Go is a statically-typed language, which means that all variables and expressions have a type that is determined at compile-time. Go provides two ways to specify the types of variables and expressions: explicit typing and type inference.
Explicit typing involves explicitly declaring the type of a variable or expression using a type declaration.
For example, to create an integer variable in Go using explicit typing, you would use the following syntax:
var i int = 10
Type inference, on the other hand, allows the Go compiler to automatically determine the type of a variable or expression based on its context. This is done using the
**:=** syntax, which declares and initializes a variable in one step.
For example, to create an integer variable using type inference, you would use the following syntax:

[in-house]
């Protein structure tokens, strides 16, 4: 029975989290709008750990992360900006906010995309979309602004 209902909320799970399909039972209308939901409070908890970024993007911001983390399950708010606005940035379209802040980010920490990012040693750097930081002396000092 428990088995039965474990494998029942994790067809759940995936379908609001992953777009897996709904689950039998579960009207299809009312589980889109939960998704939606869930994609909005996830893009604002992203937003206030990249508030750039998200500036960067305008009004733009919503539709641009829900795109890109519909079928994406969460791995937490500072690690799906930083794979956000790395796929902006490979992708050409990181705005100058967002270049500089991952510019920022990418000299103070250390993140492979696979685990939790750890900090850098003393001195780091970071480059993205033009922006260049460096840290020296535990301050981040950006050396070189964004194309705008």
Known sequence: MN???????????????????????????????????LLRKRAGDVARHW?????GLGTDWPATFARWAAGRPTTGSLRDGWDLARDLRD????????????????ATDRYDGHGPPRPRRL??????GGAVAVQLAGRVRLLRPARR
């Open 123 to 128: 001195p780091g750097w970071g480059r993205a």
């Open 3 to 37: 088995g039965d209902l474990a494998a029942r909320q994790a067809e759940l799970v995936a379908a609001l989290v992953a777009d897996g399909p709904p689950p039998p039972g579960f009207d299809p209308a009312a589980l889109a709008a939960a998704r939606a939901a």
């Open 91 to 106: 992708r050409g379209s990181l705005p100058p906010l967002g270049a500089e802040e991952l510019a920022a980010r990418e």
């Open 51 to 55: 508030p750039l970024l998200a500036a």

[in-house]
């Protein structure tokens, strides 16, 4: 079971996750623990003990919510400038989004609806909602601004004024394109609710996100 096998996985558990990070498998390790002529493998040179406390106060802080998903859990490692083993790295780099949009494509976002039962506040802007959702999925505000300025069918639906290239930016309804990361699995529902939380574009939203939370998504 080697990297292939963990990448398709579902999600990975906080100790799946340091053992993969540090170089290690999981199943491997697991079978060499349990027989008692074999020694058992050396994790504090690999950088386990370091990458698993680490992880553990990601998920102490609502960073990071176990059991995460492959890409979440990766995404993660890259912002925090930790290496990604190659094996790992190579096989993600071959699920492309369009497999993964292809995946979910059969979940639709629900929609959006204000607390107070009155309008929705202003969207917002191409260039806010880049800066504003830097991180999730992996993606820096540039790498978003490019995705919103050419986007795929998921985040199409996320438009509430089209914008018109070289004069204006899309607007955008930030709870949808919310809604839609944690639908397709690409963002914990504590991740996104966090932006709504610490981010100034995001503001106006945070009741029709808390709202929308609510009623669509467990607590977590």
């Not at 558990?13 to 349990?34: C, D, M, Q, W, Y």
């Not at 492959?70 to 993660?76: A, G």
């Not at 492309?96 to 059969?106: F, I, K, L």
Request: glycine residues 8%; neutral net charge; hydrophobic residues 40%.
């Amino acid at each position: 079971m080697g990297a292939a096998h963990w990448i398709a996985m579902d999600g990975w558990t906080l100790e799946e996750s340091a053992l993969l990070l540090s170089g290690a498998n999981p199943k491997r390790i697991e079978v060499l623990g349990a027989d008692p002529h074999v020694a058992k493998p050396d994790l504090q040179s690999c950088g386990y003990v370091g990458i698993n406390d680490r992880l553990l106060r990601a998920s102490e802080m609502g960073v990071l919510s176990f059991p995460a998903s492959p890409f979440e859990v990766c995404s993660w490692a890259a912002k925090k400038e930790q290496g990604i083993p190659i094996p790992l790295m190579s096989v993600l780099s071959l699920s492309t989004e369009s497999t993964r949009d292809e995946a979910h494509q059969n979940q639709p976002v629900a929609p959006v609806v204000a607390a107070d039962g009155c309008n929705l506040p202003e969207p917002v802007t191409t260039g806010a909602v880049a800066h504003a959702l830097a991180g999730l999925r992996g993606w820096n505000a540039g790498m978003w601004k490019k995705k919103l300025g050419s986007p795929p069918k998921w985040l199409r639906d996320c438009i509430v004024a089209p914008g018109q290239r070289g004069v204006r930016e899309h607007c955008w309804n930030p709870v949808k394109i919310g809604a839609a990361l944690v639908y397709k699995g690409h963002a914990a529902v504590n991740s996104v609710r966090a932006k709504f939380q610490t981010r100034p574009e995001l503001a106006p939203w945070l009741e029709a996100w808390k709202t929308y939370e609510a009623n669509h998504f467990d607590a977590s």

i := 10
In this case, the type of the
**i** variable is inferred by the Go compiler to be
**int** based on the value assigned to it.
The main difference between explicit typing and type inference is that with explicit typing, the programmer must explicitly declare the type of the variable or expression, while with type inference, the Go compiler automatically determines the type based on the context. This can make code shorter and more concise, but may also make it less clear to read and understand. Explicit typing can also help catch type errors at compile-time, while type inference may lead to more subtle errors that are not caught until runtime.